In Chapter 10 of Desert Travels the cantankerous 101 leading my first desert bike tour was stranded at the Tin Taradjeli pass (above). As so often happens in the Sahara, the next person to turn up happened to be a diesel mechanic. Steve soon got the 101 running and, long story short, the following year we decided to team up and do a big Sahara trip together: him in his Land Cruiser, me in an old Land Rover 109.
For both of us this was the desert trip we’d each been planning in our heads for years. When travelling together briefly with my bike tour the previous year, we’d quickly established a shared passion for exploring the Sahara and set about doing a big trip together, each with his own 4×4. Though I’d been keen to head for the Ténéré Desert in Niger, we’d settled on keeping off the tarmac where possible and decided to head down to the Guinea’s highland jungles and the Mauritanian Sahara.
Nineteen ninety was not such a good year for me: post bike-tour debt, a bad crash leading to hospitalisation, followed by homelessness, a smaller bike crash which at least put an end to my dozen years of despatching. And finally my Land Rover, all set for a desert adventure with Steve, blew up in darkest Sussex at 2am, while I was doing some late deliveries.
As a way of keeping the tip on the rails Steve invited me to ride his XT600Z instead. I wasn’t that keen on bikes by that time, plus it would leave me dependent on him. But I accepted his offer and we met up in France, the bike towed on its back wheel with a similar arrangement I’d used on the 101.
Unfortunately, as so often happened in those days, all my films were lost on a flight in Mauritania. Since then I’ve learned: do not put things you cannot afford to lose in the hold baggage. What few photos I have were shot by Steve.
As agreed near Timbuktu, in Tidjika Steve went his way towing the XT, and I went mine. I met some American Peace Corps Volunteers and my travels in Mauritania took on a whole new direction.
Once in Tidjikja, I flogged my crash helmet to a delighted policeman. This time Steve didn’t even try to persuade me and drove off towards Nouakchott.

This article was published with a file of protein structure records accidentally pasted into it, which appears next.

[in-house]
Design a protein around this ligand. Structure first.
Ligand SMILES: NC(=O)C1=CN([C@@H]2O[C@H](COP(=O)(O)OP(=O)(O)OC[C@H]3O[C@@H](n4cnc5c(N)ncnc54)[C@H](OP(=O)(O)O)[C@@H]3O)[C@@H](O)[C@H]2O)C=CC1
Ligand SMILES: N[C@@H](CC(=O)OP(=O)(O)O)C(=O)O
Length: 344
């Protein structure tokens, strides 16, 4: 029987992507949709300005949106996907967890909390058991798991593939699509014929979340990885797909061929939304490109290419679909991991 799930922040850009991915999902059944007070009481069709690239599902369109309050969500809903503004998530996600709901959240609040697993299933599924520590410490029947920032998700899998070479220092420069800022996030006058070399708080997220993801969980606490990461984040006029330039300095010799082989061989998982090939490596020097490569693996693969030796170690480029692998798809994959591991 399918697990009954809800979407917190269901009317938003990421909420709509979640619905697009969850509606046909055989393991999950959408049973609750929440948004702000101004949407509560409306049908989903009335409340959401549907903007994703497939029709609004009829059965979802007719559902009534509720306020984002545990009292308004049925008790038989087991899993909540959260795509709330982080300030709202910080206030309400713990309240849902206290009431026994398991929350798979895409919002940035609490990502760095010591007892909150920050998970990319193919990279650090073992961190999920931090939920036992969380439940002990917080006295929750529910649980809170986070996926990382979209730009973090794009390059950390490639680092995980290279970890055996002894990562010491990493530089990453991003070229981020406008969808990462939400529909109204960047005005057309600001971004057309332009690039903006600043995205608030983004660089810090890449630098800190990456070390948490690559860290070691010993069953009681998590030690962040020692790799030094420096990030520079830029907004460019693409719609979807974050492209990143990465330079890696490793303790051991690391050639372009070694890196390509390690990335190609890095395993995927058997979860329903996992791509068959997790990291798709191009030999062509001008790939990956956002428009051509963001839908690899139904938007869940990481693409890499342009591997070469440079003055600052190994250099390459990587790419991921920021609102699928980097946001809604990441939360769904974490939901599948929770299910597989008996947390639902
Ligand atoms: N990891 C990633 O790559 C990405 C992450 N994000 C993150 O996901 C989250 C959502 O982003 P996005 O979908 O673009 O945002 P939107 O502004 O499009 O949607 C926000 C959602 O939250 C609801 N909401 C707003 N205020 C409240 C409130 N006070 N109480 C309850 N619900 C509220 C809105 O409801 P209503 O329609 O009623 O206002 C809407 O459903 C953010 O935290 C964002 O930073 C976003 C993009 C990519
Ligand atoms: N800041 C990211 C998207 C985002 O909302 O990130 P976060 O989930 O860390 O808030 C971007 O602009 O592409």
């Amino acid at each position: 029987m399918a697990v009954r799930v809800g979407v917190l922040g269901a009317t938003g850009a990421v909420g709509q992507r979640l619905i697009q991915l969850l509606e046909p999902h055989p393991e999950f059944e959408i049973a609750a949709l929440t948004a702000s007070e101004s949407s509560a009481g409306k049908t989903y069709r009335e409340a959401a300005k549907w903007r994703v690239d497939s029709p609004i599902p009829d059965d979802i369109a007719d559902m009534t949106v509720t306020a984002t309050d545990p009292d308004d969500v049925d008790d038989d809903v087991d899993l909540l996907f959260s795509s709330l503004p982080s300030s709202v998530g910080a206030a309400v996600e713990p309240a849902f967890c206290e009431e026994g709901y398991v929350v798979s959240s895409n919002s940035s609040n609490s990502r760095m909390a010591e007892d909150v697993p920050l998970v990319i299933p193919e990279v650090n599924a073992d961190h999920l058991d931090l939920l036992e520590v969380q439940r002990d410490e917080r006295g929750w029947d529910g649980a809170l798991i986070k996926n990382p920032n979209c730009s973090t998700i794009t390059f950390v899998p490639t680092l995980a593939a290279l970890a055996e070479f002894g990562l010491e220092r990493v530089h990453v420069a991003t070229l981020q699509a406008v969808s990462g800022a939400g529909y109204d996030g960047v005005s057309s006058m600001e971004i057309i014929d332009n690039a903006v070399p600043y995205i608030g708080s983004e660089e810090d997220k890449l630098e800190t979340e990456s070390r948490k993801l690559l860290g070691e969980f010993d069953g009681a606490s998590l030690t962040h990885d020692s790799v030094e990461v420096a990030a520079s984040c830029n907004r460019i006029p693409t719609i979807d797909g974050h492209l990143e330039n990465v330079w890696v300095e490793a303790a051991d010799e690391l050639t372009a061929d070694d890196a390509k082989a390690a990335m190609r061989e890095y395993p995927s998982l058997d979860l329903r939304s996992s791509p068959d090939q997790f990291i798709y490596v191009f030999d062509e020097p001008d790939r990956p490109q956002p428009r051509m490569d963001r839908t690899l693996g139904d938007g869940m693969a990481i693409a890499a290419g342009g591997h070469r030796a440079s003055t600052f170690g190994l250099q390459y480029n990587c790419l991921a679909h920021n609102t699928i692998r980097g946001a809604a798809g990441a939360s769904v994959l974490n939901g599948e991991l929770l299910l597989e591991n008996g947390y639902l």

Book Chapters: 16 Arak 17 Bad Day at Laouni 18 The Far Side 19 A Blue Man 20 The Hills are Alive
After my batty Benele excursion of 1984 I brushed my hair, straightened my tie and bought myself a sensible XT600Z, just like I always knew I would. This was the slightly better 55W version of the original kick-only Tenere, distinguishable by sloping speedblocks on the tank (more here). All I did was add thicker seat foam and fit some Metzeler ‘Sahara’ tyres – a rubbish choice for the actual Sahara, as I was soon to learn. Using no rack was another mistake which nearly cost me the bike. My learning curve was still as steep and loose as a dune slip face. In fact, there was so little that needed doing to the Yamaha that I moved the oil cooler from down by the carbs up into the breeze over the bars. And I painted the bike black because I still hadn’t shaken off my juvenile Mad Max phase.
With my £5 ex-army panniers slung over the back, in December 1985 I set off for Marseille, bound for Dakar via Algeria, Niger and Mali. As I mention in the book, I was adopting a new ‘go with the flow’ strategy’. Instead of being ground down and seething with resentment by the setbacks of my previous calamities, I’d just take the reversals on the chin, bounce back, and move on. On this trip that stoic philosophy was to get a thorough road test!